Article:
- Pfizer and BioNtech have sought approval on Friday to roll out their coronavirus vaccine early.
- The BioNTech/Pfizer shot and another being developed by US firm Moderna have taken the lead in the global race for a vaccine.
- The unprecedented speed at which the vaccines are being developed has raised some alarm.
US biotech giant Pfizer and German partner BioNTech sought approval Friday to roll out their coronavirus vaccine early, a first step towards relief as surging infections prompt a return to shutdowns that traumatized nations and the global economy earlier this year.
The world is looking to scientists for salvation from the global pandemic. The US Food and Drug Administration (FDA) said its vaccines committee would meet on December 10 to discuss the request for emergency use authorization.
"The FDA recognizes that transparency and dialogue are critical for the public to have confidence in COVID-19 vaccines," the organization's head Stephen Hahn said in a statement.
"I want to assure the American people that the FDA's process and evaluation of the data for a potential Covid-19 vaccine will be as open and transparent as possible."
He said he could not predict how long the review would take, but the federal government said earlier the final green light would probably come in December.
Pfizer chief executive Albert Bourla called the filing "a critical milestone in our journey to deliver a COVID-19 vaccine to the world."
The BioNTech/Pfizer shot and another one being developed by the US firm Moderna have taken the lead in the global chase for a vaccine.
EU Commission president Ursula von der Leyen said the European bloc could also approve both before the end of the year.
But the vexed and enormously complex question of how to expedite production and distribution means there will be no immediate reprieve.
And the latest wave of the pandemic is hitting many regions harder than the first that swept the globe after the virus emerged in the Chinese city of Wuhan late last year.
Worldwide deaths are approaching 1.4 million and infections nearing 57 million - although the true numbers are unknown since countries have different reporting methods and many cases go undetected.
India's infections have surpassed nine million -- second only to the United States -- and some of its graveyards have been running out of room.
"Initially when the virus broke (out), I thought I'll bury 100-200 people and it'll be done. But the current situation is beyond my wildest thoughts," New Delhi gravedigger Mohammed Shamim told AFP.
And Mexico became the fourth country to see its death toll breach 100,000.
"We're at a point where we don't see a clear phase of descent," former Mexican health ministry official Malaquias Lopez told AFP.
In the US, President Donald Trump's eldest son Don Jr was revealed to have tested positive for the virus earlier this week and was quarantining "at his cabin" without any symptoms.
Trump Jr is the latest in a long line of infections linked to the White House, including his father. Both Trumps have consistently downplayed the danger of the pandemic even as cases surge around the country.
More than a quarter of a million deaths have been reported in the US since the pandemic began, with 1,800 registered on Friday.
The current numbers have alarmed authorities enough to advise that people stay home for next week's Thanksgiving holiday, when Americans usually travel for family celebrations.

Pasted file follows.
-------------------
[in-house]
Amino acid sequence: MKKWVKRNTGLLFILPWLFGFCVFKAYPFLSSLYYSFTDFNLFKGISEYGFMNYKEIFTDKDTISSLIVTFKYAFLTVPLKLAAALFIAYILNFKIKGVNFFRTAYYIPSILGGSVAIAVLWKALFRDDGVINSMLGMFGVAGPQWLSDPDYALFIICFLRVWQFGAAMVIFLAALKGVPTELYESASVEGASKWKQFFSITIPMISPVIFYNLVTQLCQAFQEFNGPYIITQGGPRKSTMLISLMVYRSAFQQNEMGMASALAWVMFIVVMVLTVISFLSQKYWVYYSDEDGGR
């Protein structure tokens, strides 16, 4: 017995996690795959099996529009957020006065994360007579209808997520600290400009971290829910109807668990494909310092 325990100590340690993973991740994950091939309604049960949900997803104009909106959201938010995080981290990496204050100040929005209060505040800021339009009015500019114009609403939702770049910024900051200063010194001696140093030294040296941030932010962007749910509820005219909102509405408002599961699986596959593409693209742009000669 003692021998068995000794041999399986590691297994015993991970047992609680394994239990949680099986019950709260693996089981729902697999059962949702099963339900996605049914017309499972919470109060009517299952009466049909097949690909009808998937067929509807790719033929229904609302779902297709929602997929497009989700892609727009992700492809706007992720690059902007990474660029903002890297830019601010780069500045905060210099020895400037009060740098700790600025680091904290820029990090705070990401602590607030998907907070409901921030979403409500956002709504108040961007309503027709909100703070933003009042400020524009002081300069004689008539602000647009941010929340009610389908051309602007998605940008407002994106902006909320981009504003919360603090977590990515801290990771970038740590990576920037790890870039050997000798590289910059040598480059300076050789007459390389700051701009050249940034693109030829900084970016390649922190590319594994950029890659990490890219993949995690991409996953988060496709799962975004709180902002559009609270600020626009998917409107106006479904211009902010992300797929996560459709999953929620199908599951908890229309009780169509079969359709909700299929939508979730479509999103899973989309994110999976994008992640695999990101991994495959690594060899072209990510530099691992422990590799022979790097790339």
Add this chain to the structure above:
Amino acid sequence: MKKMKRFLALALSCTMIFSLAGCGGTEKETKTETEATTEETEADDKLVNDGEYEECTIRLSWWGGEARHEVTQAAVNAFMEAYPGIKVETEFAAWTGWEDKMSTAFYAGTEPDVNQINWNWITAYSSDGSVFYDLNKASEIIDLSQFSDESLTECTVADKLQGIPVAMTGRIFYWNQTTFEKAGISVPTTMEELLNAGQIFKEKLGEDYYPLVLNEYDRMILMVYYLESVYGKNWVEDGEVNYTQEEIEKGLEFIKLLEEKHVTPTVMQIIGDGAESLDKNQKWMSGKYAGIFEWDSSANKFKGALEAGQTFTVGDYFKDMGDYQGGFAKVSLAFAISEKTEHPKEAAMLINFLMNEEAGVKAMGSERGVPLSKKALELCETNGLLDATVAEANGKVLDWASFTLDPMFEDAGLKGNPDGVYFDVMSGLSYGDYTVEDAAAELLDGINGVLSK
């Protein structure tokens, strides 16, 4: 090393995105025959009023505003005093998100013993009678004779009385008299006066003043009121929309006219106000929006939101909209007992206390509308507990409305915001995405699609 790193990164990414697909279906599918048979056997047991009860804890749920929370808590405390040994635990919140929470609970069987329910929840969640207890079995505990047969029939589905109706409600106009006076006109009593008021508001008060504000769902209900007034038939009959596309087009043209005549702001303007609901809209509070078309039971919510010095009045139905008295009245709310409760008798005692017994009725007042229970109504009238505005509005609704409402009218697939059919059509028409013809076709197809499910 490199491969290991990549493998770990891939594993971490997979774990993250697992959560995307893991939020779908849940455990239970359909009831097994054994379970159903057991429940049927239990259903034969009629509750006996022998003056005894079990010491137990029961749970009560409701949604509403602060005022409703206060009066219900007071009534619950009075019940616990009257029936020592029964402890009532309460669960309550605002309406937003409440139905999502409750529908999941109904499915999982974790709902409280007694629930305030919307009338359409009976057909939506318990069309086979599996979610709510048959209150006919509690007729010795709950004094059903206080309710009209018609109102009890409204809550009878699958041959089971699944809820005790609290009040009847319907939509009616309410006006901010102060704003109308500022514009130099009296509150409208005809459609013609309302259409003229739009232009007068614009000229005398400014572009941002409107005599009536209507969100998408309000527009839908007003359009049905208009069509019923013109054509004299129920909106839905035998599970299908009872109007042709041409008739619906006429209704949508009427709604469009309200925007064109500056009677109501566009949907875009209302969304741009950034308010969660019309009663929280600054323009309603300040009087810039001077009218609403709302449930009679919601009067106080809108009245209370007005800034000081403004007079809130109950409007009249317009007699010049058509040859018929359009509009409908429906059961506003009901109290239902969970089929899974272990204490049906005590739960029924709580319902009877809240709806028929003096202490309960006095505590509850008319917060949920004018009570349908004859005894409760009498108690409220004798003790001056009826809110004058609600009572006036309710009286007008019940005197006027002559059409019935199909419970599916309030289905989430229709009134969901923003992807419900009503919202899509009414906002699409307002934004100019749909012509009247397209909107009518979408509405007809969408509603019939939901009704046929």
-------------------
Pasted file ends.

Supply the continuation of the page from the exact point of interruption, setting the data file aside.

Not everyone is happy about the new guidelines and regulations -- such as the 13,000 petitioners who called New York City's decision to close schools but leave open bars and gyms "nonsensical."
California will also impose a 10:00 pm to 5:00 am curfew from Saturday -- a measure that mirrors one that Istanbul will impose for its 15 million residents on weekends starting Friday night.
Elsewhere, Canada's largest city Toronto will be placed under a new lockdown beginning Monday.
And the latest restrictions in Europe include Northern Ireland's decision to shut pubs and shops for an extra two weeks, as Portugal extends a state of emergency until December 8.
But health officials in France said three weeks of restrictions appeared to have helped them past the peak of their second wave.
Governments are now pinning their hopes on a vaccine that can save them from business and school closures and the stay-at-home orders that put people's mental health under severe strain.
Spain is hoping to vaccinate "a very substantial part" of its 47 million population by mid-2021, while the Netherlands is aiming for 3.5 million in the first quarter.
The British government said it had asked its independent medicines regulator to study Pfizer/BioNTech's coronavirus vaccine with a view to an imminent rollout.
A separate candidate vaccine being developed by the University of Oxford and AstraZeneca is now in a phase 3 trial.
But developing countries will face deeper challenges. The World Health Organization has called on G20 nations to help plug a $4.5 billion funding gap for a program to distribute vaccines globally, according to a letter seen by AFP.
And the unprecedented speed at which the vaccines are being developed has raised some alarm.
China's Sinopharm revealed Friday that it has already given its experimental vaccine to nearly a million people.
But top US infectious disease official Anthony Fauci has sought to dispel concerns about the candidates from Pfizer and Moderna, saying the speed at which they were developed "did not compromise safety" but was a "reflection of the extraordinary scientific advances in these types of vaccines."
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